ALL OF US who knew Ronnie Chun Taite were shocked and saddened to learn on January 16 that he had died after fighting a bout of flu.
To know Ronnie was to love him. He had rescued countless students and desperate parents – like me – who searched high and low for a good maths tutor. I am sorry if you never came in contact with Ronnie because he was an amazing educator – one of the best I have ever known.
I met Ronnie about 15 years ago when my daughter, Ijanaya, struggled in maths at Bishop Anstey High School. On many days she came home and said she had no maths teacher. When parents complained about this, the school politely told us maths teachers were hard to come by. They had hired one, who was finishing her degree at the University of the West Indies, and they had to abide by her schedule until she was available to teach full time.
“We have to think about the future,” they said.
That left many of us in a mad scramble to find maths tutors. For me, this seemed to be an exercise in futility. Ijanaya, always a no-nonsense child, rejected everyone on my list of tutors. After each lesson, she climbed in the car, sighed and said, “Just a lime.”
Imagine my surprise the day she came from Ronnie’s lesson and said, “This is a good lessons class.”
Ronnie had an ambitious plan. “She has gaps in her learning because of not having a regular teacher,” he said. “I will make sure her homework gets done, but we will have to go back to the beginning to fill in those gaps,” he said.
This seemed like a daunting task to me, but Ronnie pulled it off. Soon, I didn’t recognise my daughter. Almost overnight she became a confident maths student. I can’t say she ever learned to love maths, but she had a healthy respect for it, and she could work her way through problems that once baffled and upset her.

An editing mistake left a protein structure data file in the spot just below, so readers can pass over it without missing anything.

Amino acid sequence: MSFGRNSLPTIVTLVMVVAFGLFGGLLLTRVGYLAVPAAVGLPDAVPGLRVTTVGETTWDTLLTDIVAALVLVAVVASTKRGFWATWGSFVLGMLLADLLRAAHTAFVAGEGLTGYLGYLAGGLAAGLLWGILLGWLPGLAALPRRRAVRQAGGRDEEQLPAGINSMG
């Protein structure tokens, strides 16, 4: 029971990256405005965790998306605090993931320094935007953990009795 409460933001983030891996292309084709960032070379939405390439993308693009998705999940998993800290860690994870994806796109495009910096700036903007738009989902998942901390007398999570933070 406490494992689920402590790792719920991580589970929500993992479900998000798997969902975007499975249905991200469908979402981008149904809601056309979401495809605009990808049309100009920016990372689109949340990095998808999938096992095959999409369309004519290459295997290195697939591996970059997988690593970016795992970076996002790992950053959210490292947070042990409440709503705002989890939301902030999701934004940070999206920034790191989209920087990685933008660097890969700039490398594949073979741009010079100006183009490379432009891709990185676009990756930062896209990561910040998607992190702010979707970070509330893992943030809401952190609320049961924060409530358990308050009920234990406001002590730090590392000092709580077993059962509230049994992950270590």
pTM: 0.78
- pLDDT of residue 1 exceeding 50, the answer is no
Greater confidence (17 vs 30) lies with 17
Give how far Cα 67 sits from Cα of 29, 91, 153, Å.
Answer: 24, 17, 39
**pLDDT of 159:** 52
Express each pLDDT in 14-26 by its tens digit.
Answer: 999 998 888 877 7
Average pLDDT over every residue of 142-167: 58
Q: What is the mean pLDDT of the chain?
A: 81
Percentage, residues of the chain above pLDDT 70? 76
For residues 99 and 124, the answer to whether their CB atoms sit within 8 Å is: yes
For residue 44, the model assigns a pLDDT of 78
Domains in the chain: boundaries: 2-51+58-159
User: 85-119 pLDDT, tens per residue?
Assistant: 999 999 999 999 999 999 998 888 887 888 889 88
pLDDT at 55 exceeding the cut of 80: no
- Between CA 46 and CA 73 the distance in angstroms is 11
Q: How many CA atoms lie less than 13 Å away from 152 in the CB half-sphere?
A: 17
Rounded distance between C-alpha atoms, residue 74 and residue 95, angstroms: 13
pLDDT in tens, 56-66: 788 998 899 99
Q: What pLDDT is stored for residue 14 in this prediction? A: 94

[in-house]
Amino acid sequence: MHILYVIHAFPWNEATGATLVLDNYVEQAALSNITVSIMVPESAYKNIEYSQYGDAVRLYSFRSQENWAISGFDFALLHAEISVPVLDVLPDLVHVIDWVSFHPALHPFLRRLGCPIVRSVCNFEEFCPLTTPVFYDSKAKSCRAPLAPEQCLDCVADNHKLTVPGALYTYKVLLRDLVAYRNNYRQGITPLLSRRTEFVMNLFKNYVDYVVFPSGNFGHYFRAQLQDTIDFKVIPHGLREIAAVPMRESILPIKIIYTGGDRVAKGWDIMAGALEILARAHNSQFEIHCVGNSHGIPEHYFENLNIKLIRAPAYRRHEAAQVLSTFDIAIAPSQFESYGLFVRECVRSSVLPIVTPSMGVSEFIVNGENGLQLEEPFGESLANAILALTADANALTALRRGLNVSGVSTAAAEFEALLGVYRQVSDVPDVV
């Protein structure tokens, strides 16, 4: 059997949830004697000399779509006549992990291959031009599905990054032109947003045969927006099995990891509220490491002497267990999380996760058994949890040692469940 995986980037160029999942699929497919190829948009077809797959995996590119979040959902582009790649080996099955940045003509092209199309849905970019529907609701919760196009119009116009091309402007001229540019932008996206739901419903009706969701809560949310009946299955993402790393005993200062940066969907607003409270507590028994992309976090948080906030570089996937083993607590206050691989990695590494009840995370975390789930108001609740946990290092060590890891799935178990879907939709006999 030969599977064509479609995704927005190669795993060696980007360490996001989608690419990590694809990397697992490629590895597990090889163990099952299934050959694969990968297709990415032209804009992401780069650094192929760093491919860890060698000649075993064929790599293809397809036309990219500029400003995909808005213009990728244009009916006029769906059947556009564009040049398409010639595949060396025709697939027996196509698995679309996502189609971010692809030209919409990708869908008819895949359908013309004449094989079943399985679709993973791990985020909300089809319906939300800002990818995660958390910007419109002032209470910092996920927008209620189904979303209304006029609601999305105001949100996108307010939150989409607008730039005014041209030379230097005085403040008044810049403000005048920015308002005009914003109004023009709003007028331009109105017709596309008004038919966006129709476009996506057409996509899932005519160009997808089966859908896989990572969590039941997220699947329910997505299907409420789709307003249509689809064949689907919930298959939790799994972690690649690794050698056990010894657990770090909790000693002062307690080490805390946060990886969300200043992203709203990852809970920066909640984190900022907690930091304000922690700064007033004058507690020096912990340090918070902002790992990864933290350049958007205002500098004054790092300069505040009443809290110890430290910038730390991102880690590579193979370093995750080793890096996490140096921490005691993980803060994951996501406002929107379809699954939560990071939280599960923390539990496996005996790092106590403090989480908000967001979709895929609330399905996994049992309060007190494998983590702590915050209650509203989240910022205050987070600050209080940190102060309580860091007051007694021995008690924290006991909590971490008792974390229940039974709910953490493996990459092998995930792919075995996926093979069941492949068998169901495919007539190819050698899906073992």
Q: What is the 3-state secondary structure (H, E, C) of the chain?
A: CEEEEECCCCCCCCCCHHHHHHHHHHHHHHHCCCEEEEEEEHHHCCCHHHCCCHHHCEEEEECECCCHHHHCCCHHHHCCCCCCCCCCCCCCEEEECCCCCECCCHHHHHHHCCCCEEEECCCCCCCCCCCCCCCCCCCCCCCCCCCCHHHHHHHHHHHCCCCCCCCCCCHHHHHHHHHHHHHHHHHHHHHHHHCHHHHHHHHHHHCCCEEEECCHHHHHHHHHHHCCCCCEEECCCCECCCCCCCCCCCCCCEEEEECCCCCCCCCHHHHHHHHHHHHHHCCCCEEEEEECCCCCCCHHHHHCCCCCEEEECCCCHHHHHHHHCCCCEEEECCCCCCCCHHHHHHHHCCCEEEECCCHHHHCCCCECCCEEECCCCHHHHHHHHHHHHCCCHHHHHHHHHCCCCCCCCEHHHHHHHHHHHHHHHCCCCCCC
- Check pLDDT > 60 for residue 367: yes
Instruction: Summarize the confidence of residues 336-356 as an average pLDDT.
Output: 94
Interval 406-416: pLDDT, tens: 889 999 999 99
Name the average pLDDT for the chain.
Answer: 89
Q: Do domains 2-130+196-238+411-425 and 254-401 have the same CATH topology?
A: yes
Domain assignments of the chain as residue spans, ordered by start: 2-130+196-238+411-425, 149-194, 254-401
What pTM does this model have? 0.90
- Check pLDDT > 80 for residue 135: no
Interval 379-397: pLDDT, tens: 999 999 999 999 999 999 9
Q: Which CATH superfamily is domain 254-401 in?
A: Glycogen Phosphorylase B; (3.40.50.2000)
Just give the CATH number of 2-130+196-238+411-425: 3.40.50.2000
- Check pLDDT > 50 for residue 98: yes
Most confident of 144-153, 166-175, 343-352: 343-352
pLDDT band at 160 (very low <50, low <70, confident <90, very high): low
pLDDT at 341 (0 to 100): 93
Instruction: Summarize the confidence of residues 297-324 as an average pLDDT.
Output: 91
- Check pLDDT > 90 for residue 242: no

For those of us who have maths-anxious children, this seemed like a miracle and Ronnie, who had an uncanny way of relating to teenagers, seemed to be a genius.
I recommended Ronnie to many desperate parents who called for advice about finding a good maths tutor.
“Just don’t be shocked when you see Ronnie,” I always told them. “He might have orange hair, but he is nice and knowledgeable; he relates well to teenagers; gets the most out of them; fills them with confidence, and fosters a whole different relationship with maths.
I can’t tell you how many parents called to thank me over the years after I sent them to Ronnie. No one ever mentioned the orange hair or Ronnie’s quirky personality.
To this day, Ijanaya and I marvel at how quickly she went from nearly failing maths to acing maths. She and I felt like doing a dance in the streets when she got a “2" in CXC maths. We still talk about that; still wonder at how quickly Ronnie turned everything around.
I once told Ronnie I wanted to recommend him as a teacher in the International School where I worked. But Ronnie didn’t want to teach in a school. Financially speaking, he said he was better off tutoring. He loved the independence and teaching small groups of children. Sadly, working full-time in a school just didn’t pay.
Besides, Ronnie wanted to be free to enjoy life on his terms. He loved partying so he was in his element for Carnival. In many ways, Ronnie was like a big, happy teenager himself. Always jovial, always laughing, he had such a disarming way about him.
On his birthday last August, I sent Ronnie a message on Facebook. I wrote, “Happy birthday, Ronnie. I am one of those lucky parents who found you as a maths tutor. You are the wizard who turned my daughter from a maths-hating pupil to a confident maths student. Wishing you all the best.”
He simply wrote back, “Thank you, Debbie.”
No words can ever convey how grateful I was for Ronnie.
Ronnie, always humble and happy, had a gift for teaching. Education in TT was richer for his presence. His absence will be felt by many, and I am sorry for the students who will never have the benefit of being taught by him.
RIP, Ronnie. You were a genius. We will always remember your gracious spirit.